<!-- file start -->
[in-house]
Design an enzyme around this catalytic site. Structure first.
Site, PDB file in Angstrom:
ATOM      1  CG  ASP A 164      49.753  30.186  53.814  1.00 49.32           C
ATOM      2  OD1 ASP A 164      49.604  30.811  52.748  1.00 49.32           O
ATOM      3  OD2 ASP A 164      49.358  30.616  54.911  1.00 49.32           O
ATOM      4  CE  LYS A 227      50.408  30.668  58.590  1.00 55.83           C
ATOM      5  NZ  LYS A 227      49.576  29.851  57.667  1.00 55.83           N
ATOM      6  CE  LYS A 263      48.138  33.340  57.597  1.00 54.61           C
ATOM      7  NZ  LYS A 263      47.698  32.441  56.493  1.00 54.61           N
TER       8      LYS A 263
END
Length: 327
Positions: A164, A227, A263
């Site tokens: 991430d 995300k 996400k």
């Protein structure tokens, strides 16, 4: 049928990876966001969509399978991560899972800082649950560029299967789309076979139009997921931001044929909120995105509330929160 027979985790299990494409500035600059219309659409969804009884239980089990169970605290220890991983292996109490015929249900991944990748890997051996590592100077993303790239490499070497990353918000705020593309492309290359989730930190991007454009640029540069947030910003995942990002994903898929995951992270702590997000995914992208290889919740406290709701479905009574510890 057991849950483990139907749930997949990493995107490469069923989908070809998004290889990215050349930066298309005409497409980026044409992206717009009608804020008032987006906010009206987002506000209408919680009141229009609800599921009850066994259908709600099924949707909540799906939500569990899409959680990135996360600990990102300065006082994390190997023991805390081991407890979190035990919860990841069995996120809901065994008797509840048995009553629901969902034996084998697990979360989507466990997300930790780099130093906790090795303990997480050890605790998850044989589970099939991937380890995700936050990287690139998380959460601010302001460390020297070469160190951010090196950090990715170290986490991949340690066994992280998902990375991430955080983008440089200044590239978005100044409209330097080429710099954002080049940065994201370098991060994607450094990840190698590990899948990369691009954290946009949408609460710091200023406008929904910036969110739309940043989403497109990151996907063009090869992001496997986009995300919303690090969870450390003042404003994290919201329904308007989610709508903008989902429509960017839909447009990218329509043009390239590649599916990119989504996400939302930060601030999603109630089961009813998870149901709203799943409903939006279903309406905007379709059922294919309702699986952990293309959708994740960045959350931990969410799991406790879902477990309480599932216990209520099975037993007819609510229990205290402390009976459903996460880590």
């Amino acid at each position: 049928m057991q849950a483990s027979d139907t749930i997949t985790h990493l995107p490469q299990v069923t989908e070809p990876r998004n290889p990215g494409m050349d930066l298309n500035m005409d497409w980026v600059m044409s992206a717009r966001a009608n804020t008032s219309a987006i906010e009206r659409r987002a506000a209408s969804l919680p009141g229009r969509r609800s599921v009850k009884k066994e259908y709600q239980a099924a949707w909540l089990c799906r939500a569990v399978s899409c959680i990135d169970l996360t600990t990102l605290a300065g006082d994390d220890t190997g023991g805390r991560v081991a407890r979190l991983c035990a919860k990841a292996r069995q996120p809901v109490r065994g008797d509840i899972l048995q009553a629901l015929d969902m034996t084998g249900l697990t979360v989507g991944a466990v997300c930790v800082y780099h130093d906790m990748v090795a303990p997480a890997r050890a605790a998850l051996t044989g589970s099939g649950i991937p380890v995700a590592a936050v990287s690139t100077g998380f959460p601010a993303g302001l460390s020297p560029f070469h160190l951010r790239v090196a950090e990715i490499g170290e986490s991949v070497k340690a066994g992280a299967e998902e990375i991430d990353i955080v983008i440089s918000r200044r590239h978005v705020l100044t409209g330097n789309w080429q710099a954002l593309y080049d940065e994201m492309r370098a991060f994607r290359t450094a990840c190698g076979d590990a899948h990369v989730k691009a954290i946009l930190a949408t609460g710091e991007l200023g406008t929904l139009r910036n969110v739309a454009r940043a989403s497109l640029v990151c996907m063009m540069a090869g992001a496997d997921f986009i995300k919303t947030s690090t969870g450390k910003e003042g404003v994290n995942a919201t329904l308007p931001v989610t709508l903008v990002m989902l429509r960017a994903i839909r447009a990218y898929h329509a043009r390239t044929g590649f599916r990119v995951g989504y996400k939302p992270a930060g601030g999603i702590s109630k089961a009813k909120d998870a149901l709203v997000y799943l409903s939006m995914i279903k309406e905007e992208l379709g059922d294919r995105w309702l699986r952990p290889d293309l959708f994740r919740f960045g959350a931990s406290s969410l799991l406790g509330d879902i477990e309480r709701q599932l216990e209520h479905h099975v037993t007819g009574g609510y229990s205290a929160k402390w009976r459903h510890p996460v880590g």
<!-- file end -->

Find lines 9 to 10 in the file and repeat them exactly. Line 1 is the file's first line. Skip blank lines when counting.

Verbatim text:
ATOM      6  CE  LYS A 263      48.138  33.340  57.597  1.00 54.61           C
ATOM      7  NZ  LYS A 263      47.698  32.441  56.493  1.00 54.61           N